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04-12-2012, 08:33 AM #1
Why you should fog your motor!!!!!!!!!!!!!
Here boys and girls is why you should fog your motor if it's not going to be used for any lengths of time, the compression in this motor was down to 90/106/110, the owner thought he had a blown head gasket but instead it was alot worse. Now it's time for a rebuild and over bore, 2 sizes over He thought that just because he stored it inside all winter that it would be ok NOT to fog the motor..............He was wrong!! Don't make that mistake and think you know it all, you have no idea whats going on inside of your motor and the conditions that may be present that would do this kind of damage. This is an expensive mistake, a $10 can of fogging oil or a $3000 bill to rebuild................Which one do you want. Like the old saying goes, " you can pay me now........OR you can PAY me later "
Chose the now!! Enjoy the pic's
04-12-2012, 09:27 AM #2
Awwww man that's NASTY! Good post, seems like I remember a forum member the other day posting that he never fogs the engine and seemed quite sure it was a waste of time........
04-12-2012, 09:29 AM #3
What year is this ski? that looks like more than one sittings worth.
what was his compression before?
04-12-2012, 09:47 AM #4
04-12-2012, 10:26 AM #5
- Join Date
- Sep 2009
I don't disagree with your point about fogging; it should always be done before allowing a ski to sit for any appreciable amount of time.
However, there is more wrong here than just lack of fogging. The primary reason for fogging has to do with the fact that all Sea Doo engines use water in the exhaust system for cooling. This makes the inside of the entire exhaust chamber sit at 100% relative humidity. With the older 2 strokes, there was no way to seal off the exhaust chamber from the cylinder, so fogging was imperative for these engines. However, a 4-TEC engine is supposed to always stop with all the valves closed, effectively sealing the cylinder from the high humidity of the exhaust. (but the exhaust valve stems are still exposed to high humidity, which is why the early exhaust valves tend to rust)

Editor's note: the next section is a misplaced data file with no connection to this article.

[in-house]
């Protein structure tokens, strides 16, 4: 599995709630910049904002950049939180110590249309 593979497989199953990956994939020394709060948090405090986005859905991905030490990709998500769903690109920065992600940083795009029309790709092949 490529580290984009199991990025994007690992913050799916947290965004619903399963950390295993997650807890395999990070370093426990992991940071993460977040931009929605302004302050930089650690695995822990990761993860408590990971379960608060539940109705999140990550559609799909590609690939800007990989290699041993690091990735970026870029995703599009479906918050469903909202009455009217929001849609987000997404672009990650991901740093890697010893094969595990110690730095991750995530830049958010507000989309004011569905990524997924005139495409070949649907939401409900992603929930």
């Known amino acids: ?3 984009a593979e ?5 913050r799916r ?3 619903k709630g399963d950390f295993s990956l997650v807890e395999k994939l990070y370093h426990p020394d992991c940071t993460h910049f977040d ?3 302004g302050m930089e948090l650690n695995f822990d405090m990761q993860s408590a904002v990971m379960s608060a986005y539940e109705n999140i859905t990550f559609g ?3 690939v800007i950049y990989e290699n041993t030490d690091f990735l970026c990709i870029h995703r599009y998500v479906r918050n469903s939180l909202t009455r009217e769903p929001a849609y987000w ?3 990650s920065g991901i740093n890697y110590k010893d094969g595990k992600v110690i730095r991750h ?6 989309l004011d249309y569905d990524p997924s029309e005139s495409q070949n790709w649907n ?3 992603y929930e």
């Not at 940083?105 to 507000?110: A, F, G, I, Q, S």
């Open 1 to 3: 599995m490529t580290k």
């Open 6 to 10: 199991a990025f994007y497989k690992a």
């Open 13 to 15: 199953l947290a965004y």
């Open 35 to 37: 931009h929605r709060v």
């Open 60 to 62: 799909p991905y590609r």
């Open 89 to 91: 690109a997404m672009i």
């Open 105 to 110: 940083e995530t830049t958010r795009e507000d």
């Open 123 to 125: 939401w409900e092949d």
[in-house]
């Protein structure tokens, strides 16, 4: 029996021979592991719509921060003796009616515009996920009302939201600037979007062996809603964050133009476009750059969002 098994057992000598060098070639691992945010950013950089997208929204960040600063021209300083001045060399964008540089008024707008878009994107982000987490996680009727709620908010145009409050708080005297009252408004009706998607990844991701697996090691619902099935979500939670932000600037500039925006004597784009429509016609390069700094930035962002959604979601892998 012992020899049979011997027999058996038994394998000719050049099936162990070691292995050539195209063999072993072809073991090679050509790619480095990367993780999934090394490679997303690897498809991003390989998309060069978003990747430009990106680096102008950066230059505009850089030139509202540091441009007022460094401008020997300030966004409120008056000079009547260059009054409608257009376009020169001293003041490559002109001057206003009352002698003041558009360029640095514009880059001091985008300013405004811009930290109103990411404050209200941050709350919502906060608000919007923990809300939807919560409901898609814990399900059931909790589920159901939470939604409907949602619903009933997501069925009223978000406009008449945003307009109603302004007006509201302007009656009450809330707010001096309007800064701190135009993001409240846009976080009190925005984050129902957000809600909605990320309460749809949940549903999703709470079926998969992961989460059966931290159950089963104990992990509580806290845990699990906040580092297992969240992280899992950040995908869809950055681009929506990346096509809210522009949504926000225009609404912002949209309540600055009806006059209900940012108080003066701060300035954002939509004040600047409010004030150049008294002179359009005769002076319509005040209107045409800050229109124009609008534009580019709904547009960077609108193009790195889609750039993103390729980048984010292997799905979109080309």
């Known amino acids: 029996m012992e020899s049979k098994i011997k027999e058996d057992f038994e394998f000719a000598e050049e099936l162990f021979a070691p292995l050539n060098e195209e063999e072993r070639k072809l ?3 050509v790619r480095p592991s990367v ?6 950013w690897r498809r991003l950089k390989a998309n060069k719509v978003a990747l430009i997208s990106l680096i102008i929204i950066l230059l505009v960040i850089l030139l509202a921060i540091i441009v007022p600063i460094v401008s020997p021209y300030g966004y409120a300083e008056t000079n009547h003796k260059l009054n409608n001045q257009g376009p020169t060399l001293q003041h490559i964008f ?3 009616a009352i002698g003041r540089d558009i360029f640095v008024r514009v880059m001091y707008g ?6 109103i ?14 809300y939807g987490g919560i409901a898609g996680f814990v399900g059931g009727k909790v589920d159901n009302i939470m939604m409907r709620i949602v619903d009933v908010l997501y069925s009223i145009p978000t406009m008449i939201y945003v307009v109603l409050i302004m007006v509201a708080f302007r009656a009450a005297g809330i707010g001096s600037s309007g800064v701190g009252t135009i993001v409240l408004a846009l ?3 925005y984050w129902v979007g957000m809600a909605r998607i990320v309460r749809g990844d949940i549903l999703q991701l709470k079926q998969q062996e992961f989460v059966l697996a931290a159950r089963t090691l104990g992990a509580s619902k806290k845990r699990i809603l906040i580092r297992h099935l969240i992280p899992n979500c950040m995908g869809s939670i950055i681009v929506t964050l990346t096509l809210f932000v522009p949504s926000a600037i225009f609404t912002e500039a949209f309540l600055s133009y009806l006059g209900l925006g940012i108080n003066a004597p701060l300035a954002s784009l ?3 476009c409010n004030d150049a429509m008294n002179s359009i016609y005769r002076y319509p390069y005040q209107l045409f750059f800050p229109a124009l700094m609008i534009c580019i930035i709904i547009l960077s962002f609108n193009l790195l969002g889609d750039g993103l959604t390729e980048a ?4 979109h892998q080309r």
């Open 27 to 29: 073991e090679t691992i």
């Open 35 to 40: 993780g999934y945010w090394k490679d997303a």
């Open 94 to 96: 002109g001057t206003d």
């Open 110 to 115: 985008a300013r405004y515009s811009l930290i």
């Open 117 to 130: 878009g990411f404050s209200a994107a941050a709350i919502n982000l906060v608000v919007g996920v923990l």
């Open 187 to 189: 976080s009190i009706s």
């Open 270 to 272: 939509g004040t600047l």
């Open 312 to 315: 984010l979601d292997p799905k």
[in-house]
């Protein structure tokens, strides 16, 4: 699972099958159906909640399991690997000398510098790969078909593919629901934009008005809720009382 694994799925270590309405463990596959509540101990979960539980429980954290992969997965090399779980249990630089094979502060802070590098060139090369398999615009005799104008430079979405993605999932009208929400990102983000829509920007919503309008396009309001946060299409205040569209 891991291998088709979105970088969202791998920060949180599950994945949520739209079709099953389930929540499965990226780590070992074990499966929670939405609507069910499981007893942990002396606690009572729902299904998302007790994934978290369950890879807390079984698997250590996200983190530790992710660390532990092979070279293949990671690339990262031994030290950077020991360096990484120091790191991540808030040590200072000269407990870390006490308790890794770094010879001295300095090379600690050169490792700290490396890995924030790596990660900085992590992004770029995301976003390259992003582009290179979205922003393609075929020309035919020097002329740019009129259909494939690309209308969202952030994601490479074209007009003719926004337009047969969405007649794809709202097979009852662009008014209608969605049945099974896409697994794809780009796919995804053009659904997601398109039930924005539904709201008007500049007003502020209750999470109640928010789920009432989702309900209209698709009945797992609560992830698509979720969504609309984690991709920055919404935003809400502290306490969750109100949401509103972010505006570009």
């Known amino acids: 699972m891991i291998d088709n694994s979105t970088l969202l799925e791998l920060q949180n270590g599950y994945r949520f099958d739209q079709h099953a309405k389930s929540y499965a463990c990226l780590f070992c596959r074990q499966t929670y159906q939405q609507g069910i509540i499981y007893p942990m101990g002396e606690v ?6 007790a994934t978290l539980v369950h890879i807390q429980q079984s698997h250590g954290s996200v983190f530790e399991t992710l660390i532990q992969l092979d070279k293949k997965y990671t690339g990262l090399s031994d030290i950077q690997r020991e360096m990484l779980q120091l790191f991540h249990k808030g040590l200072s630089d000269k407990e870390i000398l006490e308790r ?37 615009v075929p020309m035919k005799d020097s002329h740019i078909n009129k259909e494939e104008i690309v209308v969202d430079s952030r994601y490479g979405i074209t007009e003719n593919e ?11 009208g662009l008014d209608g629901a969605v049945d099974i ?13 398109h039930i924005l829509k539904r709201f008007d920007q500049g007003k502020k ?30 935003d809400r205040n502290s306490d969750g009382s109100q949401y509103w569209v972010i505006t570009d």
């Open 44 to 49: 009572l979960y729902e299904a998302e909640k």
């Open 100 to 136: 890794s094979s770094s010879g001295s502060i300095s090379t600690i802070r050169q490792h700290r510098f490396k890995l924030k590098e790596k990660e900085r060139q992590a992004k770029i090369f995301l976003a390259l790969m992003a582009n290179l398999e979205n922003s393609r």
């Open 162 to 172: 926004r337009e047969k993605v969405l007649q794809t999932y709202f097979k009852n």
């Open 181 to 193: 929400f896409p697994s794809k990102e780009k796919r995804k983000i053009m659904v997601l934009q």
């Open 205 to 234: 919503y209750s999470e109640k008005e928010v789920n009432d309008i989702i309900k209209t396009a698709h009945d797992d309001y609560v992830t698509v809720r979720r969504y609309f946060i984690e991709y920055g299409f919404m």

Consequently, you shouldn't see corrosion like you see in that engine from the main source of humidity. So where did all that moisture come from, to cause all that cylinder corrosion? Leaky head gasket? Intercooler leaking, so that when it was originally shut down for storage, it had a high amount of moisture coming into the engine?
Anyway, the main point of this is that on rebuild, he better figure out what was wrong, because if it isn't fixed, even fogging won't preserve it in the future.
04-12-2012, 06:46 PM #6
with the long intake runners it is very hard to get a good fog job and there are other fuel system parts that need lube now that we are burning e10+
here is my fix to this problem, just put in lots of 2-stroke oil in your gas tank and then you will lube the fuel pump fuel injectors and the cylinders
04-12-2012, 06:59 PM #7
04-12-2012, 07:28 PM #8
That's how mine looked after setting 3 months with a leaky intercooler. Thinking it was injector problem I didnt fog it.
04-12-2012, 07:51 PM #9
- Join Date
- May 2006
04-12-2012, 09:11 PM #10
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